Abstract

Recent enthusiasm for hybrid fiber/coax (HFC) access systems has been driven by the opportunity for local exchange carriers (LECs) to provide transport of video services, and by the inability of fiber-intensive systems, like passive optical networks (PONs), to deliver broadcast analog (AM-VSB) video signals for low cost. Since high signal fidelity is required, transmission of multiple channels over fiber requires expensive linear lasers. Modern cable operators employ HFC systems and offset costs by sharing each optical receiver with several hundred subscribers. Unfortunately, supporting broadband digital-switched services over HFC is also challenging. The upstream band (5-40 MHz) has limited bandwidth, and is plagued by RF ingress noise. LECs would prefer not to commit to a coax distribution network, but the economics of analog video transmission leaves little choice.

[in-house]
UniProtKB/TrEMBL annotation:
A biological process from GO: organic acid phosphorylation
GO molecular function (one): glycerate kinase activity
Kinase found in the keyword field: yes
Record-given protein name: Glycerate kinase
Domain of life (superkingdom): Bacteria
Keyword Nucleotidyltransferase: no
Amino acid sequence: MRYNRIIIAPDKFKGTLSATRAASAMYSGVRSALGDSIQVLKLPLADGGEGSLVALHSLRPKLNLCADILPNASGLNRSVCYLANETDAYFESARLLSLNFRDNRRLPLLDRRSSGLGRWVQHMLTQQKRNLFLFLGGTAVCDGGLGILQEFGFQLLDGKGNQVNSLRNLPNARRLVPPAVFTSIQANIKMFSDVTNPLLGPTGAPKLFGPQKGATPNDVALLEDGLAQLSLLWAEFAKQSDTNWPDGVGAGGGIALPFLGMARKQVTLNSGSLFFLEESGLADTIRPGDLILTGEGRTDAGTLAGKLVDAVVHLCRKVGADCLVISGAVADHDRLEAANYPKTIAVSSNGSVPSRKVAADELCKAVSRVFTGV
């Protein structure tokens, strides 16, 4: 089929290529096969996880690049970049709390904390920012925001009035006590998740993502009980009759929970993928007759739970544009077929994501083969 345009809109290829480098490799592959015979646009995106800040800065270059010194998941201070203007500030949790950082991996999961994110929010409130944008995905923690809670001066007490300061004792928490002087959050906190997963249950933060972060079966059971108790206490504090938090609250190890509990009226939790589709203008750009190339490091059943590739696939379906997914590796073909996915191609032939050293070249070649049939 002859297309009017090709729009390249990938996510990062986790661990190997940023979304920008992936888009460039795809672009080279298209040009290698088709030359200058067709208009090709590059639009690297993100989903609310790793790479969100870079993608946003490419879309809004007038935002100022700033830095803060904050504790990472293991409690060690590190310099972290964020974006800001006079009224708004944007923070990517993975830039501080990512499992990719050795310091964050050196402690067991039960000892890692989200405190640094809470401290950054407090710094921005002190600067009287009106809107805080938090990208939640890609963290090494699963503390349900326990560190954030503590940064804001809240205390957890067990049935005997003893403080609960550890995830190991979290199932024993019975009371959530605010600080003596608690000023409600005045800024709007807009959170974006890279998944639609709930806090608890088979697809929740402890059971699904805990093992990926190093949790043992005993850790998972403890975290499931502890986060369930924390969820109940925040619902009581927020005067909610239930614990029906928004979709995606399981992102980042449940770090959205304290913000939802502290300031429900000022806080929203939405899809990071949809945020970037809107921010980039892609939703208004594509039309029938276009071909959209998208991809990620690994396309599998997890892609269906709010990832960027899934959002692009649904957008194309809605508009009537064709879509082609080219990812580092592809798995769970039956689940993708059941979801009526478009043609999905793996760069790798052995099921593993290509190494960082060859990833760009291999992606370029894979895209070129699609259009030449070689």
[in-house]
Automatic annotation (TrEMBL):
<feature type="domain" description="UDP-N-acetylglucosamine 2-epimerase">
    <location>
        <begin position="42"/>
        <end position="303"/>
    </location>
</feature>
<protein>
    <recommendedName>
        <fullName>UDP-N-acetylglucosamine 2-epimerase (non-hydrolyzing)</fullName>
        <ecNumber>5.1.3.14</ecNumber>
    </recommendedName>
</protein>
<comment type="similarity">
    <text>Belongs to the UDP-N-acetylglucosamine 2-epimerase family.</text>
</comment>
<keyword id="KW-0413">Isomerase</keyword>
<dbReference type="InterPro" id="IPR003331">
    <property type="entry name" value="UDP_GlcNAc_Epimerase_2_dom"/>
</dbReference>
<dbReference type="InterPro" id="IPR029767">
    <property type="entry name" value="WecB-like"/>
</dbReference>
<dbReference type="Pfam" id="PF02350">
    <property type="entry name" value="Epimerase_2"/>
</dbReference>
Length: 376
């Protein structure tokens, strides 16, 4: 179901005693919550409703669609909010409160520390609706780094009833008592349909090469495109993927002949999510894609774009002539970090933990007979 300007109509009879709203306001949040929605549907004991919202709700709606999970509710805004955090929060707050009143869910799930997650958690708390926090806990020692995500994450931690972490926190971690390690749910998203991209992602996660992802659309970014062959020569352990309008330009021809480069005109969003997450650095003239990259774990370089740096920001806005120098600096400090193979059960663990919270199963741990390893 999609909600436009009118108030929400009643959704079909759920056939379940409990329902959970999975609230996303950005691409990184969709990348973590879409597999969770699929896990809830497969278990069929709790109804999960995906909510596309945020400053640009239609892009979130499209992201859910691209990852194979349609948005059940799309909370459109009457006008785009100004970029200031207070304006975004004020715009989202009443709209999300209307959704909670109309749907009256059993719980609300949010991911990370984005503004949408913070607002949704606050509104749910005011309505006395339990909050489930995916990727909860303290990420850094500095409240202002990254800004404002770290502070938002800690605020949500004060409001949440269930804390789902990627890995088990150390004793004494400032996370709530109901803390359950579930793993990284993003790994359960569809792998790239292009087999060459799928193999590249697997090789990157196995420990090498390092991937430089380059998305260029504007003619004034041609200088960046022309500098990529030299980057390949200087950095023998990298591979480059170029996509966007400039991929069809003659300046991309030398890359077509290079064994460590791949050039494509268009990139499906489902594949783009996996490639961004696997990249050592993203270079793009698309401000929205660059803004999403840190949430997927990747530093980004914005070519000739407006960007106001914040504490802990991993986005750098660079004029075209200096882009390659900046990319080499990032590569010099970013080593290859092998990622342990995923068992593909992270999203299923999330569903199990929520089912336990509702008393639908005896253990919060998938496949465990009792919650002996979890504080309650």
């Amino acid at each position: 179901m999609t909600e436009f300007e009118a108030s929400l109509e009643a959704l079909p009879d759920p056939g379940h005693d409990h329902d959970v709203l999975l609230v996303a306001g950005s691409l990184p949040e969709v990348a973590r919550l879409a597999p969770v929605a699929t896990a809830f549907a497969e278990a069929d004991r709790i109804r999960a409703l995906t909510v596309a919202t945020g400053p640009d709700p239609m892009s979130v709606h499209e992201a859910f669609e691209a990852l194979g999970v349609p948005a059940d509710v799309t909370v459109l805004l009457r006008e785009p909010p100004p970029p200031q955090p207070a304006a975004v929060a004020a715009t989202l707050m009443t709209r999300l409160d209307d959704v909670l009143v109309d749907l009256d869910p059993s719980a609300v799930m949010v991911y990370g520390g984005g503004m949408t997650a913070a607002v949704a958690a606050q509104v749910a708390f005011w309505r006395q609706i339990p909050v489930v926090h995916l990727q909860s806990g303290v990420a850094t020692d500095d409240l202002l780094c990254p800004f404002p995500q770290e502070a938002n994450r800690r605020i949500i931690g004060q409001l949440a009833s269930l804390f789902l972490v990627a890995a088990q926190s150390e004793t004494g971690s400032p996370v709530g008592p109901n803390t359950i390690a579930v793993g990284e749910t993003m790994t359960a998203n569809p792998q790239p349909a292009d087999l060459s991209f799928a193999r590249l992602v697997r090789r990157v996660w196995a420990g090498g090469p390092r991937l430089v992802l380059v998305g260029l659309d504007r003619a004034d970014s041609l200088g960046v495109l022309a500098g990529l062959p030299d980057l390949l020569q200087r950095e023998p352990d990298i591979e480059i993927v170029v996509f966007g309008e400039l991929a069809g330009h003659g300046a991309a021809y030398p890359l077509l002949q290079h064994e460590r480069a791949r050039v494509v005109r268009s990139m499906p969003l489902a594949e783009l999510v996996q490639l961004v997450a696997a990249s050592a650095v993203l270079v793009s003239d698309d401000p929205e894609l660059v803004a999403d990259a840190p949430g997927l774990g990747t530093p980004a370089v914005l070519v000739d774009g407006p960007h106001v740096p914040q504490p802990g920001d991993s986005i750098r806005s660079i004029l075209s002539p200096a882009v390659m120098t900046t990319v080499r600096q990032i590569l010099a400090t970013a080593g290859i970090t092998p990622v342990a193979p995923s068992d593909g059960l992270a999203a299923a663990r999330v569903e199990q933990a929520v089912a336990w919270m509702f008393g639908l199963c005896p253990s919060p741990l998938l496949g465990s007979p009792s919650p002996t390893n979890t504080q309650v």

© 1996 Optical Society of America

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